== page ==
A lawsuit against the Rhode Island chapter of the Legion of Christ will proceed. A previous lawsuit, discussed here, here, and here, was dismissed on the basis that the plaintiff lacked legal standing to bring the suit. That case is on appeal. As discussed Mary Lou Dauray's lawsuit inspired reporters to seek and win a treasure trove of documents pertaining to the Legion of Christ. They revealed the organization's long history of concealing its founder's many abuses and its pattern of extracting large sums of money from its devotees.
Enter Paul Chu whose father also willed a sizable donation to the Rhode Island Legion.
A federal judge in Rhode Island has agreed to let a lawsuit move forward against the Roman Catholic religious order the Legion of Christ, turning down an attempt by the disgraced order to end the lawsuit brought over a late Yale University professor's $1 million bequest.
. . .
It's the second lawsuit making its way through the courts in Rhode Island that raises questions about how the Legion secured large donations from elderly supporters. The other is in state court and involves around $60 million left by a wealthy widow. It was dismissed because the judge found the woman's niece did not have standing to sue, but a state Supreme Court appeal is pending.
In the federal lawsuit, Chu, the son of retired mechanical engineering professor James Boa-Teh Chu, says his father was wrongly coerced, defrauded and deceived into signing over $1 million to $2 million to the Legion before he died in 2009. He says his father, who lived in East Providence, R.I., was led to believe the Legion's founder, the late Rev. Marcial Maciel, was a saint, even as the Vatican was investigating serious sexual abuse allegations about him.
Like the late Gabrielle Mee, James Chu had joined Regnum Christi, a sort of lay monastic order that requires the relinquishment of all assets. The membership of Regnum Christi is made up largely of elderly rich people. They are required to take a vow of poverty that ironically adds to the substantial wealth of the Legion of Christ.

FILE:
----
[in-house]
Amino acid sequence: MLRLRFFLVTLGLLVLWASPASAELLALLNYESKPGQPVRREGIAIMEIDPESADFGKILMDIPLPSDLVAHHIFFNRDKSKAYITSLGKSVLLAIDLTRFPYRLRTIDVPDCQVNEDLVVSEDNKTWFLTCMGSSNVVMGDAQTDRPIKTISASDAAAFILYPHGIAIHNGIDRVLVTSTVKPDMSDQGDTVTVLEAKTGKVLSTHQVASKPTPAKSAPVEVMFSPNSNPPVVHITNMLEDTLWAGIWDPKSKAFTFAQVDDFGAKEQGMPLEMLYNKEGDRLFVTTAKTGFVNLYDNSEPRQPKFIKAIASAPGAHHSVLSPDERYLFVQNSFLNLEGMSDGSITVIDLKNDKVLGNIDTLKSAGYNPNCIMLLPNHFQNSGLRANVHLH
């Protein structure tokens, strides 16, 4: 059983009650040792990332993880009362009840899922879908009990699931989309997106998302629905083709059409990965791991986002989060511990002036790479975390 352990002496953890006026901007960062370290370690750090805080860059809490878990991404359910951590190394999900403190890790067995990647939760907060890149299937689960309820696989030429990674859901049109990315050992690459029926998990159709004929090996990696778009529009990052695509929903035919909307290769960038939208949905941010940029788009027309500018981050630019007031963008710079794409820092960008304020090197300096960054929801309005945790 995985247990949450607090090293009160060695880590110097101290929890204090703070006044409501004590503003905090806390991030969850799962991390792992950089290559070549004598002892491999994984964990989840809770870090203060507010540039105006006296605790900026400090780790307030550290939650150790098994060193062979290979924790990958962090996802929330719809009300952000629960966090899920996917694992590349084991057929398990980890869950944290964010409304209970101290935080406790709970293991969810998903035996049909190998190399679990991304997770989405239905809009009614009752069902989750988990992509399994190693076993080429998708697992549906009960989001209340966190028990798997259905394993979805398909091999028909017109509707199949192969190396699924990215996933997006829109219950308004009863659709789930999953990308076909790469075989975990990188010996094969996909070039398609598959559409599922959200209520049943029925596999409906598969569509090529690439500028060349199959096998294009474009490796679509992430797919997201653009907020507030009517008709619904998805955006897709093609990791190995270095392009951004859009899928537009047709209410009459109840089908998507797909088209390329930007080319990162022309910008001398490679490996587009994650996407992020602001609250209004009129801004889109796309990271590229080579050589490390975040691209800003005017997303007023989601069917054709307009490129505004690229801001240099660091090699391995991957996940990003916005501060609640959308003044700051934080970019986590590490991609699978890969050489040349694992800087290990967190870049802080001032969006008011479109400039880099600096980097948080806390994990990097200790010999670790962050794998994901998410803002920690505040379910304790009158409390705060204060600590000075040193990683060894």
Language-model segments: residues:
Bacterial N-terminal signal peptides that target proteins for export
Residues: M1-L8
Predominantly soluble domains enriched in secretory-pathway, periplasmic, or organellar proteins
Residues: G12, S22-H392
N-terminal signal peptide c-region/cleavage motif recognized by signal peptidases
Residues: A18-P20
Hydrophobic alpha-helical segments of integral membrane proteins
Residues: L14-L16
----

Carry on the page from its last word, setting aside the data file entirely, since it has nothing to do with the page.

A jury trial could be very embarrassing for the Legionaries of Christ, its Rhode Island chapter, and the Vatican, whose favor towards the organization and its late leader figured heavily into the recent findings by the UN.
Meanwhile, the Vatican deflected the criticism by this international panel of experts by seizing on tangential issues to blame the messenger. It is a pattern so predictable, at this point, that these stories pretty much write themselves.
In a recent editorial, the National Catholic Register called on the Church to take the findings seriously and pick up the pace on reform.
Critics have faulted the U.N. report for not keeping its focus on the sexual abuse of minors and instead also criticizing Vatican policies (we would call them teachings) on abortion, birth control, homosexuality and even corporal punishment. Bringing up these issues -- which the committee may not have been able to avoid because of its wider mandate -- made the report too easy to dismiss by the very people it should have roused to action. It also focused too much on the historical record and ignored some recent progress the Vatican has made. Because of this, the report comes off as dated, giving critics more ammunition to dismiss it. A more politically savvy report could have had greater impact. Commentators even on the NCR website called the report poorly done, sloppily executed and an opportunity squandered.
While acknowledging these weaknesses, we should not lose sight of the truth the report contains: When it comes to sex abuse, church officials continue to cloak themselves in secrecy, deceive the faithful and act with impunity.
NCR goes on to list multiple cases which have underscored just how far the Catholic Church has not come in reform and accountability on its sex abuse crisis. The editorial urges Pope Francis to move forward with an alacrity that is still consistently lacking.
In a typically timely manner, the Legionaries of Christ finally got 'round to denouncing their former leader... last month.
The Legionaries of Christ have elected a new leader, and issued a statement apologizing to the victims of the late Father Marcial Maciel and acknowledging that the order was guilty of “excessive exaltation” of its founder.
Father Eduardo Robles Gil, a Mexican priest, was elected director general of the Legionaries by the general chapter of the order, meeting in Rome. His election was confirmed by Archbishop José Rodriguez Carballo, the secretary of the Vatican’s Congregation for Religious.
In a statement released on February 6 along with the announcement of the order’s new leadership, the Legionaries addressed the difficulties that the order has experienced since the revelations that Father Maciel had led a double life. The statement says that “we hope to be able to redeem our painful history and overcome with good the consequences of evil.”
I can't help thinking that relinquishing their claim to millions of dollars bequeathed by people like Mee and Chu would be a good place to start redeeming themselves but it doesn't look like that's going to happen.